What good are Europe’s treaties aimed at ensuring the legal equality of all citizens when entire groups face systematic discrimination? That is the question that the European Court of Human Rights (ECHR) faces this week as its Grand Chamber, consisting of 17 judges, begins considering an appeal of an initial ruling that rejected claims of discrimination against the Roma by the Czech Republic’s education authorities.
All European states are members of the Council of Europe, all have signed the European Convention on Human Rights, 39 of the 46 member states have adopted the Framework Convention for the Protection of National Minorities, and 14 have ratified Protocol 12 on the prohibition against discrimination. Nevertheless, the living conditions of many Roma remain appalling.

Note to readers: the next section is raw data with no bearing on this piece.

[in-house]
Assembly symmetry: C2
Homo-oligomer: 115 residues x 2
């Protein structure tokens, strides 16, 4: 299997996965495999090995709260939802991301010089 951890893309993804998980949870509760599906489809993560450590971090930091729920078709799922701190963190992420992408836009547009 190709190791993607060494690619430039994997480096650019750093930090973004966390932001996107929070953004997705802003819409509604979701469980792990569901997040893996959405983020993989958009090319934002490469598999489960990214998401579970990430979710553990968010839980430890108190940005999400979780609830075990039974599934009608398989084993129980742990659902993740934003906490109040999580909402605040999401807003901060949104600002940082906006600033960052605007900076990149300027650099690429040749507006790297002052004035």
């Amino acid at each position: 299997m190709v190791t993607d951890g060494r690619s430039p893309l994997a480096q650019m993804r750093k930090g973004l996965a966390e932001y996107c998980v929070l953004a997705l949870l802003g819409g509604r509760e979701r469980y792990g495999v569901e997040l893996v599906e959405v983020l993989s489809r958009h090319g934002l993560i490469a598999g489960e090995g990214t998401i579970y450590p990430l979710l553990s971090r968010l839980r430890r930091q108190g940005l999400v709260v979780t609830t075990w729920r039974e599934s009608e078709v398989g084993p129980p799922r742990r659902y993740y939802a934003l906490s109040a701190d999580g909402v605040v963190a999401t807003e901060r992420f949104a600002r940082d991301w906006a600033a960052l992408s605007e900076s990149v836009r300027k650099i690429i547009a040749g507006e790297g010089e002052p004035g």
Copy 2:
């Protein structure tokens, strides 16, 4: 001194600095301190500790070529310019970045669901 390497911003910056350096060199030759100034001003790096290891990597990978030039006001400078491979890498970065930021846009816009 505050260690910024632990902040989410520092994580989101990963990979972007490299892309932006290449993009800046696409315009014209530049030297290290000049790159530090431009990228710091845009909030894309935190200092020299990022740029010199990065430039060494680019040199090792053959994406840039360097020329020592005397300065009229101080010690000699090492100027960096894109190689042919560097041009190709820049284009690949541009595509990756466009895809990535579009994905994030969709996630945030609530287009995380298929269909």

Although recent reports published in 2006 by the European Union’s Monitoring Center on Racism and Xenophobia and the Council of Europe’s Human Rights Commissioner note some improvements, they indicate Roma living conditions have stagnated, if not deteriorated. Roma are still victims of discrimination in access to housing, employment, healthcare, and education, despite significant local efforts at the Council of Europe’s instigation and with its support.
Discrimination in educational access is particularly important, given its profound effect on its victims’ life prospects. In the most extreme cases, the education system itself is segregated: isolated schools in remote camps; special classes for Roma children in mainstream schools; and an over-representation of Roma children in classes for children with learning difficulties.